All patients developed symptoms of motion sickness. A positive history of motion sickness and PONV combined with acute trauma stress are risk factors for an episode of motion sickness when a patient is being transported to a trauma care center (2). Our treatment was able to reduce nausea but could not entirely eliminate the symptom. Other symptoms, such as vertigo, a subjective sensation of strong heart beats, and visual problems, are reported as frequent symptoms of motion sickness (8). However, we established sweating of the hands and nausea as the dominant symptoms in our population. Visual problems were not encountered at all. Moreover, our results show that K-K9 stimulation is not effective in reducing vertigo.
Further, we could show that correct K-K9 acupressure reduces sympathetic activity and causes a decrease in heart rate and peripheral vasodilation. The mechanism underlying this may be similar to that reported for acupuncture. Stimulating a specific point with either needle or pressure may activate small myelinated nerve fibers that send impulses to the spinal cord, midbrain, pituitary, and hypothalamus and cause a measurable release of endorphins into the blood. Various neurotransmitters such as serotonin, epinephrine, and, possibly, gamma-aminobutyric acid are known to interrupt incoming stress signals in the central nervous system (9–11).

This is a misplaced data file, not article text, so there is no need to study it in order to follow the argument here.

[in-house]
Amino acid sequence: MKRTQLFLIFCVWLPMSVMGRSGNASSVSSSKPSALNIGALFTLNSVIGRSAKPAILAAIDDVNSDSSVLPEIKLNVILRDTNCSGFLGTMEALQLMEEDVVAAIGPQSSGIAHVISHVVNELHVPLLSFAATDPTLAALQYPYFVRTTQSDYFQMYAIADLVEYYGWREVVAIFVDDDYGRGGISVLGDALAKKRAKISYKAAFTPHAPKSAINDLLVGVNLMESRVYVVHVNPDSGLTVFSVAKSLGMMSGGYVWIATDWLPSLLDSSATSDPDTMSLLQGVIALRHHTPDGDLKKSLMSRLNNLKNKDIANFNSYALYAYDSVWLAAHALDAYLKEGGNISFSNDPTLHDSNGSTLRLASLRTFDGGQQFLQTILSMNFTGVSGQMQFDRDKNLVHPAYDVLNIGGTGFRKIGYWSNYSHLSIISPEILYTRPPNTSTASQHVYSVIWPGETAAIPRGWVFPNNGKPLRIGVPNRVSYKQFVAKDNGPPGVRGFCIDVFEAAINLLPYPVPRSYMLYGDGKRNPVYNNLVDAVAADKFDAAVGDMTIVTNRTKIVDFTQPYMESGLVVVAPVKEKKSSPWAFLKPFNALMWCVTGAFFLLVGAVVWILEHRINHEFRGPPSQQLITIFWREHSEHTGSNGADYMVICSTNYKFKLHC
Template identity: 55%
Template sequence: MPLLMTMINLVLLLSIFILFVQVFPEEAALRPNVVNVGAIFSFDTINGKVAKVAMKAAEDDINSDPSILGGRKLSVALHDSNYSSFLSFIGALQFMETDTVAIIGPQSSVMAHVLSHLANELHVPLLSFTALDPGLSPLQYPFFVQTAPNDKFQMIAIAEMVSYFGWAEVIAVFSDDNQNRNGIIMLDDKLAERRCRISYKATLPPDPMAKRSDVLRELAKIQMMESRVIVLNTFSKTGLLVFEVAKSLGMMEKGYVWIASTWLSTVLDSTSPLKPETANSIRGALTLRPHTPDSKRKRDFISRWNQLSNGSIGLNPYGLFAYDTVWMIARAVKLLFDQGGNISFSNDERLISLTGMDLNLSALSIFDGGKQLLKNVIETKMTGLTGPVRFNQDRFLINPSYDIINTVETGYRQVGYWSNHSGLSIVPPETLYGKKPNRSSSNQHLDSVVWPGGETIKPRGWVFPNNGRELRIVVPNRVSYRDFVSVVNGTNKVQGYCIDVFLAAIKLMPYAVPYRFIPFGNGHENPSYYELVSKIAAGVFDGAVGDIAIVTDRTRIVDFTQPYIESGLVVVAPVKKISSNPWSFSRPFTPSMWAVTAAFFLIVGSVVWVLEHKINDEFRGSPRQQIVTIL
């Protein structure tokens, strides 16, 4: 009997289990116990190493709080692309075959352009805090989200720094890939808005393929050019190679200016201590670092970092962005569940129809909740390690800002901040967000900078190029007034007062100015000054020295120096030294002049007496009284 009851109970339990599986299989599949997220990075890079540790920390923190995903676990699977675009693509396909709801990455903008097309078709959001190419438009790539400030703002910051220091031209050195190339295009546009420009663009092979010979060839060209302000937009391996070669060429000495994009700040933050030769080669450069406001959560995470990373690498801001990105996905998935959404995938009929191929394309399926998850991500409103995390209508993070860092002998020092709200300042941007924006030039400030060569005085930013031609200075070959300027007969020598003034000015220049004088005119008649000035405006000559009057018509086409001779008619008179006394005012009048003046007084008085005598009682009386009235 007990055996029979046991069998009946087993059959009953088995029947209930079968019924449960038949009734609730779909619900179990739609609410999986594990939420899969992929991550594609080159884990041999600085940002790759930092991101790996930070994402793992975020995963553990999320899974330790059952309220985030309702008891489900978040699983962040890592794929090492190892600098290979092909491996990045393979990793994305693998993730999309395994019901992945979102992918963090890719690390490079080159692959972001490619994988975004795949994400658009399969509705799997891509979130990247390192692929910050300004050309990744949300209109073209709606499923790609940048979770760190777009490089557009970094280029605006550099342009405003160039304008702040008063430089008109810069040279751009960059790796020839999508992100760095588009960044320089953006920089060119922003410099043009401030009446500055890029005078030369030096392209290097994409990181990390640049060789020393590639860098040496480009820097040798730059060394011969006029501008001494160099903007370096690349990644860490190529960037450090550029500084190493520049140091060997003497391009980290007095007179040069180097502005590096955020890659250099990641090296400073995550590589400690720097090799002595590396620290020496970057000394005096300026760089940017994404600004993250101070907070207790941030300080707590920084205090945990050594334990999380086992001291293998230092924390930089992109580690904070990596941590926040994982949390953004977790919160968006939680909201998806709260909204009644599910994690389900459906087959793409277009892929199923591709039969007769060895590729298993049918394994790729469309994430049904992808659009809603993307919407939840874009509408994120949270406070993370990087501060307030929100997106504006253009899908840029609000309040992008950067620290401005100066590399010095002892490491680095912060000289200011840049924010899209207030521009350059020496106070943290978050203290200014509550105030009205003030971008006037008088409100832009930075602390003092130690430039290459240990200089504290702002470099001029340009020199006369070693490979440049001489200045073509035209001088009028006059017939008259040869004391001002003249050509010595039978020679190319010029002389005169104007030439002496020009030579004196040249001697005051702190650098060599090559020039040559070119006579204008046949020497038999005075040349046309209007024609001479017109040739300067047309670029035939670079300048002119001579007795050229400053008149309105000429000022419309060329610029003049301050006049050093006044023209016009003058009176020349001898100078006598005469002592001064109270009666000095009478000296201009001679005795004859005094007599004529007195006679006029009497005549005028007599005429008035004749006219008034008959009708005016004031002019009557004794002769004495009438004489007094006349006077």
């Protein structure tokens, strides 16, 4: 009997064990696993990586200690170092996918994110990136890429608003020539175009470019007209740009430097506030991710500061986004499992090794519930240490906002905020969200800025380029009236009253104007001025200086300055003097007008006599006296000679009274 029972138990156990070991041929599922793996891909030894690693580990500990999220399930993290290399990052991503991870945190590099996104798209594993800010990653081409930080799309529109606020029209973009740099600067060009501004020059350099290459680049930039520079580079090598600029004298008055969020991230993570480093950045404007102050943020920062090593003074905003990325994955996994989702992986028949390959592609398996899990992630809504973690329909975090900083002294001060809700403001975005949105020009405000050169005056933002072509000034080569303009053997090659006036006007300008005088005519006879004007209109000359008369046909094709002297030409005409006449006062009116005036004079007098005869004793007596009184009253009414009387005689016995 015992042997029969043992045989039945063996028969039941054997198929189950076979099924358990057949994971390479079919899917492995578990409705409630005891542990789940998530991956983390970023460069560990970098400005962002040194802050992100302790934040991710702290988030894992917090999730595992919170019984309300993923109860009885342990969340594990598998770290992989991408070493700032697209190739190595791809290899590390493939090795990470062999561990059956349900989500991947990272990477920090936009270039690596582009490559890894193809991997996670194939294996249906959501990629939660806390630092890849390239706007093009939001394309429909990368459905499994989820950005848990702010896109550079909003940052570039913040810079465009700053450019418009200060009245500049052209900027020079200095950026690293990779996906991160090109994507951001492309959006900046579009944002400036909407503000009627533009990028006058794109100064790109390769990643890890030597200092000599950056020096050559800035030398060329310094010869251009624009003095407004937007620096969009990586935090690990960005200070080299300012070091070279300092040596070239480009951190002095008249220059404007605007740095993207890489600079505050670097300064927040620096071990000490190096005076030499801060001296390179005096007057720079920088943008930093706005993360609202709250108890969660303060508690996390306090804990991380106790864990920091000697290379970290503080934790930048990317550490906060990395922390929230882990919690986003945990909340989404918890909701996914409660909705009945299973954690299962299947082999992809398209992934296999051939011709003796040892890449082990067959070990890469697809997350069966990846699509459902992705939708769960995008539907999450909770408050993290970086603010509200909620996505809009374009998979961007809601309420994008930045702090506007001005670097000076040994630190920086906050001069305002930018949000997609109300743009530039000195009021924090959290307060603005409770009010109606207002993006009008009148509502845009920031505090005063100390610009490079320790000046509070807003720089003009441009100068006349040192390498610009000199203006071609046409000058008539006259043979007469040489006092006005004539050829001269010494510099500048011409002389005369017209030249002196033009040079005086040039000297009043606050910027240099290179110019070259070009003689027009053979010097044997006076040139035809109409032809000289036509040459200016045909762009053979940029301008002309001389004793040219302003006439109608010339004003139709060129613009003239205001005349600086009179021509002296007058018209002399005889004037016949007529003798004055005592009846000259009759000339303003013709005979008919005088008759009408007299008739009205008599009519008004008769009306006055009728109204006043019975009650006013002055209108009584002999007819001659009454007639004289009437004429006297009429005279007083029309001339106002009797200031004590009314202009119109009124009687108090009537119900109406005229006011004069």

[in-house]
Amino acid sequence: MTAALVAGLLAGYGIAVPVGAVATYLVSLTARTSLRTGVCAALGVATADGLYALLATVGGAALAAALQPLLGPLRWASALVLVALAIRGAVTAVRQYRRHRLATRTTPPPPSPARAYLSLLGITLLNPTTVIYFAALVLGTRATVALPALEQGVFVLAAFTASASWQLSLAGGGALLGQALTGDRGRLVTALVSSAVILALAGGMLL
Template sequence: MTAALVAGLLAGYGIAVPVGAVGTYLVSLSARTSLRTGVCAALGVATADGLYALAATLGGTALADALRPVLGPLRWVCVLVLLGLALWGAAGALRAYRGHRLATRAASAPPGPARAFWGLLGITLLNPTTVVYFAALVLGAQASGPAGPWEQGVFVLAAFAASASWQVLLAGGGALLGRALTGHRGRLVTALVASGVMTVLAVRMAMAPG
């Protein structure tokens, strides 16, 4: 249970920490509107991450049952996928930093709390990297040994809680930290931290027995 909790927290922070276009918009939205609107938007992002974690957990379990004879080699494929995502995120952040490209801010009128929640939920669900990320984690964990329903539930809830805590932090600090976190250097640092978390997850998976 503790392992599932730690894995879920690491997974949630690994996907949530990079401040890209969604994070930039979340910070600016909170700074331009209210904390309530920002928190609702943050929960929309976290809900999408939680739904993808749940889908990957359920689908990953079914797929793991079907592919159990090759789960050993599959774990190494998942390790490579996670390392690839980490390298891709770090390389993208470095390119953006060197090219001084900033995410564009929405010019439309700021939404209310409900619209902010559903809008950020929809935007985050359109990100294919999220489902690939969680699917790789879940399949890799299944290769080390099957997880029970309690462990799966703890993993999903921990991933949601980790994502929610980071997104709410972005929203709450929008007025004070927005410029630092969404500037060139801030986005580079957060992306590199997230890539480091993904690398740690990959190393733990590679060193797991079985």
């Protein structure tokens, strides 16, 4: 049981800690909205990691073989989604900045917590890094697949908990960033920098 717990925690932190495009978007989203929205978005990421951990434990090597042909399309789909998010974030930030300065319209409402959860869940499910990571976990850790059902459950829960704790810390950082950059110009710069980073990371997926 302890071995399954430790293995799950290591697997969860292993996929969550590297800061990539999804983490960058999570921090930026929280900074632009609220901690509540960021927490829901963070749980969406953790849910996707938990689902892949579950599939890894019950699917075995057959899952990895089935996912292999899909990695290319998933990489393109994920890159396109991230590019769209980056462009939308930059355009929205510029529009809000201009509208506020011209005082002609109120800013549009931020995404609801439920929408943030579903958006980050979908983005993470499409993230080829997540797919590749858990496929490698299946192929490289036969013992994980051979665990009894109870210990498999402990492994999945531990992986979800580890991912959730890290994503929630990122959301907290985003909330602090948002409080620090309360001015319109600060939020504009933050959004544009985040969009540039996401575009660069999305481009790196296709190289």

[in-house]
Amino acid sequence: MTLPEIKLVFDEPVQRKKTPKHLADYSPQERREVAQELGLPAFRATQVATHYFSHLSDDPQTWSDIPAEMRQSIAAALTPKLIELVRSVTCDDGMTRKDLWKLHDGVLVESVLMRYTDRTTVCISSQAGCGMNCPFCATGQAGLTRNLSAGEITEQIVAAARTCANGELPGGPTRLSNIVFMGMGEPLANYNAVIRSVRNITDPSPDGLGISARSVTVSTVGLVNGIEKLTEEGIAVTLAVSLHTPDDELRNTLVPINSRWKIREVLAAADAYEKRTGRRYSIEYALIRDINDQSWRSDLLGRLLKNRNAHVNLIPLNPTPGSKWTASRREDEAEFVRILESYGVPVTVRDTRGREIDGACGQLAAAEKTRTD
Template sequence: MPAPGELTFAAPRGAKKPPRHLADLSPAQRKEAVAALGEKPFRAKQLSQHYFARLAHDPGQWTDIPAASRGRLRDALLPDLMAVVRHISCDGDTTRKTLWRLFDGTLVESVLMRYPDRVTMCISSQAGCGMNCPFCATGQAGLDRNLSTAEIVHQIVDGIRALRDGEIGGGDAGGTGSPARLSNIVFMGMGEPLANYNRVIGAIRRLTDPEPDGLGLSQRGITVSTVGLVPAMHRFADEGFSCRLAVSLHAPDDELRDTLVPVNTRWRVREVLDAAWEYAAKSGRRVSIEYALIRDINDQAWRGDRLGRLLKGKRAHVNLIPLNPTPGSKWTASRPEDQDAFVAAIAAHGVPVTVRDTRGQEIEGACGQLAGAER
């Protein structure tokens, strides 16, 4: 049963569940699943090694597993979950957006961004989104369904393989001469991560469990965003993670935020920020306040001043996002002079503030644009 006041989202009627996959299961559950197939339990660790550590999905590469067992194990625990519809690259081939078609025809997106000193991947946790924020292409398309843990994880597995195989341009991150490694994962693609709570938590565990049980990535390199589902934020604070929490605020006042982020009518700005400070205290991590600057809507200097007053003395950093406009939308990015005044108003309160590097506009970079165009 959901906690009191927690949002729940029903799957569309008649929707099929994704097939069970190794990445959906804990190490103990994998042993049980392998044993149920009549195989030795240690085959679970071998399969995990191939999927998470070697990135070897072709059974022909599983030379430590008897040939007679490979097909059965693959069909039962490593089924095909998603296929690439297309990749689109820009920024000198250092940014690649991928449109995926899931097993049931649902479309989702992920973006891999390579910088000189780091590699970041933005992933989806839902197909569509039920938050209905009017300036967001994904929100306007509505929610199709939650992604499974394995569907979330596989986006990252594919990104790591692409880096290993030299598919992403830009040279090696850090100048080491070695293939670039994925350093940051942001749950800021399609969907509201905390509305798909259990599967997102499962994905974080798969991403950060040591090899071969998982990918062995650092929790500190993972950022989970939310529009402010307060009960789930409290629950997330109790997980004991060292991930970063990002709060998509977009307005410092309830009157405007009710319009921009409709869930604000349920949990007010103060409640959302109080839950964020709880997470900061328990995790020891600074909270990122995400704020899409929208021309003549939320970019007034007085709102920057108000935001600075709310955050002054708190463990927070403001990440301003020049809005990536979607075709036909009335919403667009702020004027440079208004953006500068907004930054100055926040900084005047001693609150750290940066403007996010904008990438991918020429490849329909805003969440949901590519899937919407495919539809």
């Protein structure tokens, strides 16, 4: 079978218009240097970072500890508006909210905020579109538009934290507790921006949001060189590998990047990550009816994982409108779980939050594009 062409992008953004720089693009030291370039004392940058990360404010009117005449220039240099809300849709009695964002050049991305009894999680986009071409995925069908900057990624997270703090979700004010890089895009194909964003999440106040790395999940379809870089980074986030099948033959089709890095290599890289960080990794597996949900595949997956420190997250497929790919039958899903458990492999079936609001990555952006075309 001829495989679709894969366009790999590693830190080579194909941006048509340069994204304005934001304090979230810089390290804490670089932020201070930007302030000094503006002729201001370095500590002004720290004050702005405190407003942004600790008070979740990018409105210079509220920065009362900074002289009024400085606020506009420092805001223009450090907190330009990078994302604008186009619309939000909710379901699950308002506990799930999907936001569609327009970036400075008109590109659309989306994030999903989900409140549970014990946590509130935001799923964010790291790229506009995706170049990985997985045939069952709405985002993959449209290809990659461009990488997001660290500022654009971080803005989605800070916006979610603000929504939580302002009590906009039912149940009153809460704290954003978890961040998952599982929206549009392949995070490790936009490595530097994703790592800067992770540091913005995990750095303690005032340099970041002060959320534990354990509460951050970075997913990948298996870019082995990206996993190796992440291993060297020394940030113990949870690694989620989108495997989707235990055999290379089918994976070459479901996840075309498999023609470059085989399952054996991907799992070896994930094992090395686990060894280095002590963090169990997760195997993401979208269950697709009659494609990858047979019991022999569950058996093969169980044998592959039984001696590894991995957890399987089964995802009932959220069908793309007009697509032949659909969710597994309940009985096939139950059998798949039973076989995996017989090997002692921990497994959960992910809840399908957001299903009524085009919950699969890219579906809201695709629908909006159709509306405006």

The described technique is easy to use and inexpensive. We conclude that Korean hand acupressure is an effective treatment for anxiety and improves the patient’s overall perception of medical care. Therefore, the technique might improve the quality of care in patients being transported to the hospital by ambulance.